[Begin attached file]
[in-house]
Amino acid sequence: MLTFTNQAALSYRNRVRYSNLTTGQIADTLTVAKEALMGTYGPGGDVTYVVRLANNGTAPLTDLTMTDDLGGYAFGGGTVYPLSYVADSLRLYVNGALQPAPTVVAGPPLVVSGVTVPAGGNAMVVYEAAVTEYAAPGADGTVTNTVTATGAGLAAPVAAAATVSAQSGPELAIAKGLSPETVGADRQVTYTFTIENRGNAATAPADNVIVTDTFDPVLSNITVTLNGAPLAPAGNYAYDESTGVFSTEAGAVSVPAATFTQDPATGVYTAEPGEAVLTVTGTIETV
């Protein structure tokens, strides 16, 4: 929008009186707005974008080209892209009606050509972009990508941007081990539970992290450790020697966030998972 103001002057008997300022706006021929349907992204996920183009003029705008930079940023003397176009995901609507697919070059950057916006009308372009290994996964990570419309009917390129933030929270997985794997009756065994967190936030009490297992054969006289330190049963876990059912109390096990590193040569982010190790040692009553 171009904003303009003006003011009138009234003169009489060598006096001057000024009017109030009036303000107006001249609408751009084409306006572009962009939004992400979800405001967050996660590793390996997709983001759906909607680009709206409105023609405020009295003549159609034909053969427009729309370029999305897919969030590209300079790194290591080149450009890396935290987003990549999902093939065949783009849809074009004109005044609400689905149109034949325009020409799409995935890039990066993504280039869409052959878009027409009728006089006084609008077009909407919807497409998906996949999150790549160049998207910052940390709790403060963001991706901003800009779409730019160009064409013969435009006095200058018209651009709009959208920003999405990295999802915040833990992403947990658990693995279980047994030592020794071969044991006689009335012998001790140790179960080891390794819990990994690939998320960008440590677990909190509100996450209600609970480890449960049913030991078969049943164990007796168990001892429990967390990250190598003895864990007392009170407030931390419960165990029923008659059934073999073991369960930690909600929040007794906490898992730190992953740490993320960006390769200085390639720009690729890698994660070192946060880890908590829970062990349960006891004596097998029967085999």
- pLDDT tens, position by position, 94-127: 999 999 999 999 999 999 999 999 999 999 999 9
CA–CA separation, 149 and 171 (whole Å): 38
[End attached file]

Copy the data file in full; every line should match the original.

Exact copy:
[in-house]
Amino acid sequence: MLTFTNQAALSYRNRVRYSNLTTGQIADTLTVAKEALMGTYGPGGDVTYVVRLANNGTAPLTDLTMTDDLGGYAFGGGTVYPLSYVADSLRLYVNGALQPAPTVVAGPPLVVSGVTVPAGGNAMVVYEAAVTEYAAPGADGTVTNTVTATGAGLAAPVAAAATVSAQSGPELAIAKGLSPETVGADRQVTYTFTIENRGNAATAPADNVIVTDTFDPVLSNITVTLNGAPLAPAGNYAYDESTGVFSTEAGAVSVPAATFTQDPATGVYTAEPGEAVLTVTGTIETV
């Protein structure tokens, strides 16, 4: 929008009186707005974008080209892209009606050509972009990508941007081990539970992290450790020697966030998972 103001002057008997300022706006021929349907992204996920183009003029705008930079940023003397176009995901609507697919070059950057916006009308372009290994996964990570419309009917390129933030929270997985794997009756065994967190936030009490297992054969006289330190049963876990059912109390096990590193040569982010190790040692009553 171009904003303009003006003011009138009234003169009489060598006096001057000024009017109030009036303000107006001249609408751009084409306006572009962009939004992400979800405001967050996660590793390996997709983001759906909607680009709206409105023609405020009295003549159609034909053969427009729309370029999305897919969030590209300079790194290591080149450009890396935290987003990549999902093939065949783009849809074009004109005044609400689905149109034949325009020409799409995935890039990066993504280039869409052959878009027409009728006089006084609008077009909407919807497409998906996949999150790549160049998207910052940390709790403060963001991706901003800009779409730019160009064409013969435009006095200058018209651009709009959208920003999405990295999802915040833990992403947990658990693995279980047994030592020794071969044991006689009335012998001790140790179960080891390794819990990994690939998320960008440590677990909190509100996450209600609970480890449960049913030991078969049943164990007796168990001892429990967390990250190598003895864990007392009170407030931390419960165990029923008659059934073999073991369960930690909600929040007794906490898992730190992953740490993320960006390769200085390639720009690729890698994660070192946060880890908590829970062990349960006891004596097998029967085999």
- pLDDT tens, position by position, 94-127: 999 999 999 999 999 999 999 999 999 999 999 9
CA–CA separation, 149 and 171 (whole Å): 38